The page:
Dante’s poem is a brilliant reflection on living a virtuous life and the potentially hellish consequences of our choices. Few would intentionally choose damnation, suggesting that many of these tortured souls fell due to “blind spots” in their own lives; places where they couldn’t see clearly. Considering my dream, I was left thinking about blind spots in my own life, what causes them, and what I might do to illuminate them.

Blind spots are places where we’ve lost visibility. When using mirrors on our car, there are places behind and around us that fall outside of our ability to see. Entire semi-trailers can disappear in these blind spots. Blind spots can occur when lighting is poor, hiding objects in the dark. Blind spots also happen with gaps in knowledge or information. On the way to a destination, we might not know to turn on a particular street because it is missing from our map.

The imperfect vision of our daily lives leaves lots of room for blindspots. We can never have perfect or complete information, which requires that many of our choices be based on educated (or uneducated) guesses, depending on available data. Also informing these guesses are experience, bias, and desire. The conclusions we have about the world around us are formed through these filters and tend to adjust based on changing information and circumstances.

Over time, we build confidence in our perspectives. Is it calcification or conviction? The hardening of our mind, and/or our heart, holds us back from discovery, insight, and evolution. Where and when does pliable intellectual growth turn to brittle conclusion? Our convictions may be born of objective truth and the hard facts of our experience. However, the subjective reality of changing circumstances demand that we wrestle with doubt or new inputs to firm or refine perspective. Calcification occurs when our subjective reality becomes fixed despite the evolving world around us.

World Views and Echo Chambers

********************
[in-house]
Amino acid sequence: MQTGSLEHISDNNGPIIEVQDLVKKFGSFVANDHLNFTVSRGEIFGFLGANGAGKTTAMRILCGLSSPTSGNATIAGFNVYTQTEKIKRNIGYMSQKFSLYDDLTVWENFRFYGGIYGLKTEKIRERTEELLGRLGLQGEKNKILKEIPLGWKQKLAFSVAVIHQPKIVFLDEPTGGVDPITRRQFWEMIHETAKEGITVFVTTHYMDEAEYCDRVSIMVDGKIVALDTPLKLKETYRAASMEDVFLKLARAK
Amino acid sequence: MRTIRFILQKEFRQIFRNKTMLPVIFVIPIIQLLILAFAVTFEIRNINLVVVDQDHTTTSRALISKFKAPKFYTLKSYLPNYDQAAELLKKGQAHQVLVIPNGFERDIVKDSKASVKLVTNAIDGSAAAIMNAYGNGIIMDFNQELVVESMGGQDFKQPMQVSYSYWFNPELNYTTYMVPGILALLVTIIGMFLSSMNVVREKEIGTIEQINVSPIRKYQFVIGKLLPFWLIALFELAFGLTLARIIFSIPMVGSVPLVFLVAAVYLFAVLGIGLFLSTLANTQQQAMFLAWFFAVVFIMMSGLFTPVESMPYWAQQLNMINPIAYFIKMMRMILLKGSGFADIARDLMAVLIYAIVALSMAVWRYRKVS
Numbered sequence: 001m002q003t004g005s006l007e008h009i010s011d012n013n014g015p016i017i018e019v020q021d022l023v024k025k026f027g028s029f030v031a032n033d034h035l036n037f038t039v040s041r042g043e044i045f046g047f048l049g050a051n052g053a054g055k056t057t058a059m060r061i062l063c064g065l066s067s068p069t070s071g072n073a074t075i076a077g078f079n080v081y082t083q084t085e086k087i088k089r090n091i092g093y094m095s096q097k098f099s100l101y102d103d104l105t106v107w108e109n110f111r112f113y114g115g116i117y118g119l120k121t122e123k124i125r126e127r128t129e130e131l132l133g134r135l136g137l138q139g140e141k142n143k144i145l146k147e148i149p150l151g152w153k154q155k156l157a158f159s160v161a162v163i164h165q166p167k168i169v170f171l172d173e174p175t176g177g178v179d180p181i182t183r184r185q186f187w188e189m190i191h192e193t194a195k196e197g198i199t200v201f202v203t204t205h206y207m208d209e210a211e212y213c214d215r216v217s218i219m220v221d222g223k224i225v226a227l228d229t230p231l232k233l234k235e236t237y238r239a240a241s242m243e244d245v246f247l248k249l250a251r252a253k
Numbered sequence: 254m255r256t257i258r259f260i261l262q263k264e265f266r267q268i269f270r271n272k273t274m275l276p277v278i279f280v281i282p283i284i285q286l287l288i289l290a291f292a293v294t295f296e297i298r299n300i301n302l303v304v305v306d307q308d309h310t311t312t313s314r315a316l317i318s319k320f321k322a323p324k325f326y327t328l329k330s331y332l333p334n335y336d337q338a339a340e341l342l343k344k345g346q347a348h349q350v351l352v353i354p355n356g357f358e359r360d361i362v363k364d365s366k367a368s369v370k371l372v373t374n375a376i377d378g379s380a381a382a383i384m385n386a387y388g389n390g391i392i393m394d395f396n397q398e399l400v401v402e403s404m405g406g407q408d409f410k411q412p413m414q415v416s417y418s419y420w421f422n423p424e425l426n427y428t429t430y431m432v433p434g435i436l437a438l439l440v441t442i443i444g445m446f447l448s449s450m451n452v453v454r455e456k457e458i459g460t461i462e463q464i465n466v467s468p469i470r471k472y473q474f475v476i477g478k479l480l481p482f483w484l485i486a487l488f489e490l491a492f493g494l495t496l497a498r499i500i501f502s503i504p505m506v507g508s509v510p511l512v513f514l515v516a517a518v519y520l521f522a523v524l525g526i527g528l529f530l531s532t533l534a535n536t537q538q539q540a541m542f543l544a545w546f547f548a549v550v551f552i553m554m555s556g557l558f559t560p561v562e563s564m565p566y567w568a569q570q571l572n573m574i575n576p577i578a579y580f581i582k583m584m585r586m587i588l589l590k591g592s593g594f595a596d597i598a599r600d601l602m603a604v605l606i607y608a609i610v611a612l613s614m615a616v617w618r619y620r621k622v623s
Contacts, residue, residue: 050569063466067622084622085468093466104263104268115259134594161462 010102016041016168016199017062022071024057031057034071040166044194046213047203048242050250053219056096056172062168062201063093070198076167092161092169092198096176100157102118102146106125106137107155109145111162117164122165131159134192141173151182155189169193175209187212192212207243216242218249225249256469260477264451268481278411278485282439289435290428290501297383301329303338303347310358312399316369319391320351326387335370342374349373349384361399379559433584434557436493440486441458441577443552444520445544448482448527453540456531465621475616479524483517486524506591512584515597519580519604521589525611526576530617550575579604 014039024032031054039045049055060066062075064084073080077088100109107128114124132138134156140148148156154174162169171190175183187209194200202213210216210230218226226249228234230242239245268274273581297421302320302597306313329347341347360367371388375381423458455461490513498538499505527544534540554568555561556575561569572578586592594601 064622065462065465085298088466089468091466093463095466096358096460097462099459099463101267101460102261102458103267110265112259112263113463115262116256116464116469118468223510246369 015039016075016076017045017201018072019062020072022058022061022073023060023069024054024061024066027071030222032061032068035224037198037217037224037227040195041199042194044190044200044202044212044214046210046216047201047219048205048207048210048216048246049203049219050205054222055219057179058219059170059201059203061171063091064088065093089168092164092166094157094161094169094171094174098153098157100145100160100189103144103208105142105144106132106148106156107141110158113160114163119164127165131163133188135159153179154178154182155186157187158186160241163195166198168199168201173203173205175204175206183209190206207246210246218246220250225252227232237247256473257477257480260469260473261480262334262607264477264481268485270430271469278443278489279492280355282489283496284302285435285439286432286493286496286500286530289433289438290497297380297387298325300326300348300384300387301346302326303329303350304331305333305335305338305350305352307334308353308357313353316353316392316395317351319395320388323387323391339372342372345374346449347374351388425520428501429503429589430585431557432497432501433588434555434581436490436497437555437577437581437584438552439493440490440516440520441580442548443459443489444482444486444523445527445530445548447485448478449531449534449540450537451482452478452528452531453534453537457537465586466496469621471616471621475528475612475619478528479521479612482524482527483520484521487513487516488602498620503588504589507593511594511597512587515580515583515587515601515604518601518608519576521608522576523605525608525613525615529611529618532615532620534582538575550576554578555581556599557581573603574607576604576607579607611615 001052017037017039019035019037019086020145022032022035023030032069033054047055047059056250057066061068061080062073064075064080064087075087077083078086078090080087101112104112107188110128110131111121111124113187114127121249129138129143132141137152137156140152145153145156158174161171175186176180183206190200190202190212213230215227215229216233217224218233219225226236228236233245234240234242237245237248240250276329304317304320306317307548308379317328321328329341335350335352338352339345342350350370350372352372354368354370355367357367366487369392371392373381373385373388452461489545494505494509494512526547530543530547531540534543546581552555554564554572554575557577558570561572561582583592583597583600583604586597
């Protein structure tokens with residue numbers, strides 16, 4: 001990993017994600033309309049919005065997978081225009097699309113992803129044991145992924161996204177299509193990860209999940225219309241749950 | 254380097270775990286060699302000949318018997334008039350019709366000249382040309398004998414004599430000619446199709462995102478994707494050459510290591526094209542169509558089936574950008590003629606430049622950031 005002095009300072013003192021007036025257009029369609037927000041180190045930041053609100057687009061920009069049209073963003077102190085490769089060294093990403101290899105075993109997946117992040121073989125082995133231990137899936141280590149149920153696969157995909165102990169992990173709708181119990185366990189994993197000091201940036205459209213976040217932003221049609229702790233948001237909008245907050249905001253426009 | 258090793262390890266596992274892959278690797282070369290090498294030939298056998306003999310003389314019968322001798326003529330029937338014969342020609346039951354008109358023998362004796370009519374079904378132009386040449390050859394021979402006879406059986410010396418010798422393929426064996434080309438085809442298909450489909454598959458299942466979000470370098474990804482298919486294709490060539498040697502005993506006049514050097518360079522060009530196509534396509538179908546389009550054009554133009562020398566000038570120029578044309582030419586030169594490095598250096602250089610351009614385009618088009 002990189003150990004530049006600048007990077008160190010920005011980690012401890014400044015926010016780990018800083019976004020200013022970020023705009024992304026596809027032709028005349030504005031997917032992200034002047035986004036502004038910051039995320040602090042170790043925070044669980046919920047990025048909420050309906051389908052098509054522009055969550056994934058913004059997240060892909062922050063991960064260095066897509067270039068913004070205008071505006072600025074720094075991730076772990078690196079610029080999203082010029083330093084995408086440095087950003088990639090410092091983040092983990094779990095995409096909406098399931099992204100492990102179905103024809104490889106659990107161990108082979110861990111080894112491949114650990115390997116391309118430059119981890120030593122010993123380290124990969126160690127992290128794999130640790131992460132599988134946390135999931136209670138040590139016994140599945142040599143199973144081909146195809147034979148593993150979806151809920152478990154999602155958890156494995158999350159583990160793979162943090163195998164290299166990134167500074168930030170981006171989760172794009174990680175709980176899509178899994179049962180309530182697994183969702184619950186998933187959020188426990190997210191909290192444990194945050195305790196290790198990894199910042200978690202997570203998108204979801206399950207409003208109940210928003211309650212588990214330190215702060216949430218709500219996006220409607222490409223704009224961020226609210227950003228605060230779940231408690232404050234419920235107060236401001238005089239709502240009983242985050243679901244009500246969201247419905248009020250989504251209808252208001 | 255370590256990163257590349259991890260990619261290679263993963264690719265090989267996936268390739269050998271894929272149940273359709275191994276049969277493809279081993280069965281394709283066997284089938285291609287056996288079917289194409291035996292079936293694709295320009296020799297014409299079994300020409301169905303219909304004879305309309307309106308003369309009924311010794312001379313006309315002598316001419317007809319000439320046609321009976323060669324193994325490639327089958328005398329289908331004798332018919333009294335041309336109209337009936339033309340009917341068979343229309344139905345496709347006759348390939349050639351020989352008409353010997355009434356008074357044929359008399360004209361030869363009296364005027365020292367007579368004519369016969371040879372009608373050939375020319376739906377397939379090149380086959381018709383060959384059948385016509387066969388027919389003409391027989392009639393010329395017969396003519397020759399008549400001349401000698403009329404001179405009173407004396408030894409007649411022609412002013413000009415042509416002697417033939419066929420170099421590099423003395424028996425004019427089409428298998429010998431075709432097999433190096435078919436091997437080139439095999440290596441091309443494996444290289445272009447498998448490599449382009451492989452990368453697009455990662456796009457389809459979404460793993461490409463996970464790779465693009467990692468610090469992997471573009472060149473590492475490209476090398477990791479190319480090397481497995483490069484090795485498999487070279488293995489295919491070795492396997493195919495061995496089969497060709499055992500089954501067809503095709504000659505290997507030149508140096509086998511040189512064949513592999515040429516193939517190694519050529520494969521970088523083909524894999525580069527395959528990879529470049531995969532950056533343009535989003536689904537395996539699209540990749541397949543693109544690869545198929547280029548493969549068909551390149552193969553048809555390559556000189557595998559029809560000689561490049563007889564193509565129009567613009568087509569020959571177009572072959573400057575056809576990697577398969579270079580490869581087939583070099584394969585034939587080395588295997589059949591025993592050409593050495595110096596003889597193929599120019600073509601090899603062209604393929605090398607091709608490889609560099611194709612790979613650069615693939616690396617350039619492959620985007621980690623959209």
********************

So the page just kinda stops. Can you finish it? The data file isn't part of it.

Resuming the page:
Howling, crying,
Screaming at the moon
Only my voice came back
Only the echo came back

Billy Idol, Prodigal Blues

In a recent conversation, I asked a friend about some disagreements he had with another. He responded, “We have a different world view.” In addition to the lessons learned from hard experience, we each possess a moral center that informs our convictions. Our world view is born of biases formed from experience and the moral frame underpinning our sense of write and wrong. As our convictions in this world view firm, we become more convinced of our own “rightness.” One of life’s great challenges is balancing conviction in our world view with the changing in puts of reality around us.

Pride is the great danger of our convictions. Not pride in the sense of being “proud” of our children or in the quality of our work or in keeping our house nicely maintained. The deadly sin of Pride occurs when we become so convinced of our own “rightness,” that we tip into the prejudice of believing that all who disagree are “wrong.” Here, conviction can turn to calcification as we set ourselves up for real blind spots that foster resentment within ourselves and the people around us. Our fixation hardens our heart causing us to reject others and their ideas – often to everyone’s detriment.